In English, many things are named after a particular country – but have you ever wondered what those things are called in those countries?
1como una cuba informalborrachobolo Central America informalto get plastered — emborracharse
- He walked through the front entrance, following a plastered classmate who was having considerable difficulty standing up.
- If you get completely plastered, and wander home inanely grinning at passers-by, you're not a problem.
- That was way before we got together, and it was the only glimmer of my plastered persona that she's seen.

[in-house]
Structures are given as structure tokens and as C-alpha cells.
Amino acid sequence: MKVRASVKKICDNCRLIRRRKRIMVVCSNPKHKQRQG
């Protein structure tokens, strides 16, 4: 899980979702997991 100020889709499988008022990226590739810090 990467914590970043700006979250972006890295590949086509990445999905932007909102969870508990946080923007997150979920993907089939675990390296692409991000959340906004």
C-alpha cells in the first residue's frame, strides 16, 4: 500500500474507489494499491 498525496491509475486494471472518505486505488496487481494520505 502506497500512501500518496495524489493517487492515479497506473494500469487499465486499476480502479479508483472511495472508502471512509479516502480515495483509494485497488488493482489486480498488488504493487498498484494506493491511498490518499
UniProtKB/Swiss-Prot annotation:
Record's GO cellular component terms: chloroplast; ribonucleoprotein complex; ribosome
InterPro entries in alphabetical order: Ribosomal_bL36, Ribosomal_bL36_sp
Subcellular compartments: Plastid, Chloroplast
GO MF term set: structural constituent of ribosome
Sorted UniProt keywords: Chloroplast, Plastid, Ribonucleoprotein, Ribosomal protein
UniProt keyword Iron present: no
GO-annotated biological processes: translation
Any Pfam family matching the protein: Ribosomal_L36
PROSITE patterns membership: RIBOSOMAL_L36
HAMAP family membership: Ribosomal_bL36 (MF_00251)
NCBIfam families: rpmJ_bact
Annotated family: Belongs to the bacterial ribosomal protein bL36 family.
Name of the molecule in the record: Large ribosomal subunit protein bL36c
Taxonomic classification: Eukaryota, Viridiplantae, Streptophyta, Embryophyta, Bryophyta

- He isn't modern or English enough to deny a plastered mob its nostalgia.
- She glared at her plastered mother, bending over to clean up the broken pieces of the mug.
- A minute later a plastered young man limps in holding a tissue to his arm.
- But the world was already spinning for the plastered man, and the gentle cuff sent him reeling to his back.
- Now the worst-case scenario is a tabloid picture of plastered politician stumbling out of a Soho dive.
- Who's more appropriate to encourage us to get plastered than the kings of arena rock and roll?
- In my plastered state, I wander down to the beach with a few others in the same condition.
- By the time we got to the Foley Estate, I was completely plastered.
- He was very charming and told a story about getting plastered with him.
- I think tonight I am going to get plastered.
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